Wyoming readers may be surprised to learn that women are much more likely to be injured in car accidents than men are. Research has shown the phenomenon is related to the fact that auto manufacturers design their safety technologies to protect male bodies while largely ignoring their performance on female bodies.
A study by City Lab found that women are 73% more likely to be injured or killed in a car wreck than men are. A little over 10 years ago, media outlets began investigating the causes of the problem and found that women who are "relatively short" and sat in particular ways inside a vehicle received less protection from standard seat belts in the event of a crash. This is because seat belts were created to fit the male form.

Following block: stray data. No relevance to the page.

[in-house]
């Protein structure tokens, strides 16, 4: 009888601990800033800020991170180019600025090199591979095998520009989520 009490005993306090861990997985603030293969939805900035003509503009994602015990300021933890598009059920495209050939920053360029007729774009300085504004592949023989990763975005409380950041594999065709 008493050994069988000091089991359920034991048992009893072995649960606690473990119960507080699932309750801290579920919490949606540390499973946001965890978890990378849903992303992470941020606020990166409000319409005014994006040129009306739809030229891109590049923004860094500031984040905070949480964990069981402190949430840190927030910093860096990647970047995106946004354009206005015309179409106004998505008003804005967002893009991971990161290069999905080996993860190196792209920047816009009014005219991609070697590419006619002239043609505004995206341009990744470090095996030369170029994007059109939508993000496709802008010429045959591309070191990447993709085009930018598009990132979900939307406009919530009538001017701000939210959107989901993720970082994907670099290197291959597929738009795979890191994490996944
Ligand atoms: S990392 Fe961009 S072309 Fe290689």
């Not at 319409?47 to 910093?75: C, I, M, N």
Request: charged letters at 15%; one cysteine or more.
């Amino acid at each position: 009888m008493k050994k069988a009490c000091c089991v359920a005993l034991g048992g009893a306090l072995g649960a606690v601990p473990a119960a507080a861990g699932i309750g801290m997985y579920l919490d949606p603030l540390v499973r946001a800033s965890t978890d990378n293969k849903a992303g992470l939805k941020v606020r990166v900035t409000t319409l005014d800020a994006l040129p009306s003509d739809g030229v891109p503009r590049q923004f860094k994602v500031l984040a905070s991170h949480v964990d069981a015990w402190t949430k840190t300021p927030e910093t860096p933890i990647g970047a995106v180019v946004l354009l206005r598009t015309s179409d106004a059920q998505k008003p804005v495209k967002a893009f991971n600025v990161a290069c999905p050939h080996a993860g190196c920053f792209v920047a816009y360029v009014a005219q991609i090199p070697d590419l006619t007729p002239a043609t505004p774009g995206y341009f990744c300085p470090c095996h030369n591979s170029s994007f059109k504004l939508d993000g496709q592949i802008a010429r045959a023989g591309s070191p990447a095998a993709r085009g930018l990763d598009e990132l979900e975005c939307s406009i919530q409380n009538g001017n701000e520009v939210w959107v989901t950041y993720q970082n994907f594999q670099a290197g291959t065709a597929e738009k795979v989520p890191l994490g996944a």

As it turns out, seat belts aren't the only thing designed with just men in mind. Apparently, almost all vehicle safety tests are performed with crash test dummies that represent the "average male," forgetting all about female vehicle occupants. To be fair, in 2003, the auto industry introduced a smaller dummy that was supposed to represent female bodies. However, it is only 5 feet tall and 110 pounds, which means it also fails to represent the dimensions of the "average female." According to safety experts, men and women have different pelvis shapes and different fat distributions, meaning that seat belts and other safety features will interact with them differently. Until car manufacturers begin testing their vehicles with this in mind, women will continue to suffer more injuries and deaths in crashes.
A personal injury lawyer could represent individuals who have been injured in a car accident and help them file a lawsuit to recover their losses. Possible damages paid out in such a suit include medical costs, lost income and property loss.